His piano works developed a uniquely lyrical and florid style, influenced greatly by Polish national dances such as the polonaise and the mazurka, and achieved a wonderful balance between simplicity and virtuosity — he was particularly inspired by hearing the flamboyant and impossibly virtuosic violinist Niccolo Paganini in Warsaw in 1829, writing a set of piano variations entitled Souvenir de Paganini in tribute, and the two have much in common in terms of their exploration of the heart of their respective instruments and their melodic gift, if not in terms of performing personality.

Chopin was to write peerless sets of Etudes, Polonaises, Mazurkas, Waltzes, and Nocturnes (the latter following the model of the Irish pianist John Field), and from 1835 until 1839 he wrote a series of twenty four Preludes, Op 28, one in each key, which in turn provided models for composers such as Rachmaninov, Debussy and Shostakovich. In 1838—9 while staying in Majorca with the writer Amantine Lucile Aurore Dupin, known as Georges Sand, in the early days of their ten—year relationship he wrote the famous ‘Raindrop’ Prelude, Op 28 No 15, which expresses the desperation of days of rain on an isle which they had hoped would be a sunny tonic for his always-delicate health. He was to die aged 39 in 1849, probably of tuberculosis; one of the earliest—ever photographs was taken of him, looking very ill and within weeks of his death.

As with Beethoven, the Second Piano Concerto was actually the first to be written, in 1829, and, like its companion, No 1 in E minor, Op 11, (1830), it has occasioned all sorts of patronising comment about its orchestration, and, as Mahler did with Schumann’s symphonies, some have seen fit even to reorchestrate the concertos; the great musical commentator Donald Francis Tovey, writing in 1936, neatly sums up an attempt on No 2 by one Carl Klindworth, whose richer reorchestration also needed the piano part to be revised. Tovey writes: Chopin’s orchestration….is an unpretentious and correct accompaniment to his piano writing. We may be grateful to Klindworth for taking so much trouble to demonstrate this. Even today cuts are often made in some of the purely orchestral passages, but tonight we shall play the work uncut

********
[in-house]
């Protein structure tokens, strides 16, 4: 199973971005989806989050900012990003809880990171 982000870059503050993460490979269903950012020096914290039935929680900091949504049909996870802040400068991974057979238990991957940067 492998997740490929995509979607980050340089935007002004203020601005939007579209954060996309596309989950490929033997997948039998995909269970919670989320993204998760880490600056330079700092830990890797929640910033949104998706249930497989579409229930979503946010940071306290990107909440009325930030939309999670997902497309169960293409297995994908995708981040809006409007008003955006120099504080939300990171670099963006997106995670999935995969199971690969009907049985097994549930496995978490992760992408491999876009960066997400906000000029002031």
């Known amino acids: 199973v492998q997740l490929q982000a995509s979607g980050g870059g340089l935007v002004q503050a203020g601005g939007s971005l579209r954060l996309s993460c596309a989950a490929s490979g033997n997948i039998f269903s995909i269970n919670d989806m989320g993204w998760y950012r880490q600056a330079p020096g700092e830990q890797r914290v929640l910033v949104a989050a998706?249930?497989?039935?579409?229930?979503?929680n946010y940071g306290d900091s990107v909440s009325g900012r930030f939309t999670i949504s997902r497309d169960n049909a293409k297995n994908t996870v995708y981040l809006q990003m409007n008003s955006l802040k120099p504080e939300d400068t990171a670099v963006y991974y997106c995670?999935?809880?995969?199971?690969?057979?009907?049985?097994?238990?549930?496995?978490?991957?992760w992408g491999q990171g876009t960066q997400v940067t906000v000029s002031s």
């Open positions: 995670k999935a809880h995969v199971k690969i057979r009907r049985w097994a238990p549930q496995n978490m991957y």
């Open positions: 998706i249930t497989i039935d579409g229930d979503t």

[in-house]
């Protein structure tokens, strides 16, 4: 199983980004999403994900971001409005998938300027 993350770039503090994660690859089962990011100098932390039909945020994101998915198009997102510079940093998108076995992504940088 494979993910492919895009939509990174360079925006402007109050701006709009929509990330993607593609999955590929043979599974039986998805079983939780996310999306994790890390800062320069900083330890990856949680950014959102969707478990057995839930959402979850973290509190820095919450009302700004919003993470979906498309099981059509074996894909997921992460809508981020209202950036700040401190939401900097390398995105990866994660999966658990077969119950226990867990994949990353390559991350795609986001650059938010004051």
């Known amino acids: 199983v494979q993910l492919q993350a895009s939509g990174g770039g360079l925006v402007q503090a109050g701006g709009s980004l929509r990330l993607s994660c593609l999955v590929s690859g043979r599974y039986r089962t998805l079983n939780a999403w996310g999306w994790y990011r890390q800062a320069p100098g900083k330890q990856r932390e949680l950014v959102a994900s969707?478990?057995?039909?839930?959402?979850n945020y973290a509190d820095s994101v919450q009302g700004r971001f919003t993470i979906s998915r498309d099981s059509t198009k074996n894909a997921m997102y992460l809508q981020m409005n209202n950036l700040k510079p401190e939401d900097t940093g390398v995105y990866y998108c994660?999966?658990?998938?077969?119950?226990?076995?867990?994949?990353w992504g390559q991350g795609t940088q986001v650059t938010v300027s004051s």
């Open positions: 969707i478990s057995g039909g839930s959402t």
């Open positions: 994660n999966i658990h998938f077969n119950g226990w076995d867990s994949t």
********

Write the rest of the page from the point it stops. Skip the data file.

The orchestral introduction draws us neatly into the two main themes, the first in the strings, and the second in the woodwind. The piano enters in forthright fashion, and takes charge of proceedings, its role beautifully described by Tovey as ‘the perfection of ornament’. The movement follows sonata form in a satisfying exposition – development – recap – coda structure.

The Larghetto, greatly admired by both Schumann and Liszt, bathes us in heart-easing warmth in the orchestra and filigree in the solo part, but midway a dramatic recitative over extended string tremolando takes us into a shadowy world of disquiet, before the initial material returns.

The final Allegro Vivace begins as a conversational waltz and develops into a rondo, one of the episodes drawing on Chopin’s love of mazurka, the accompaniment including strings playing col legno (with the wood of the bow). Eventually a horn call signals the scintillating coda, which brings to an end a graceful and beautiful concerto.

Notes by HDJ

Hits: 62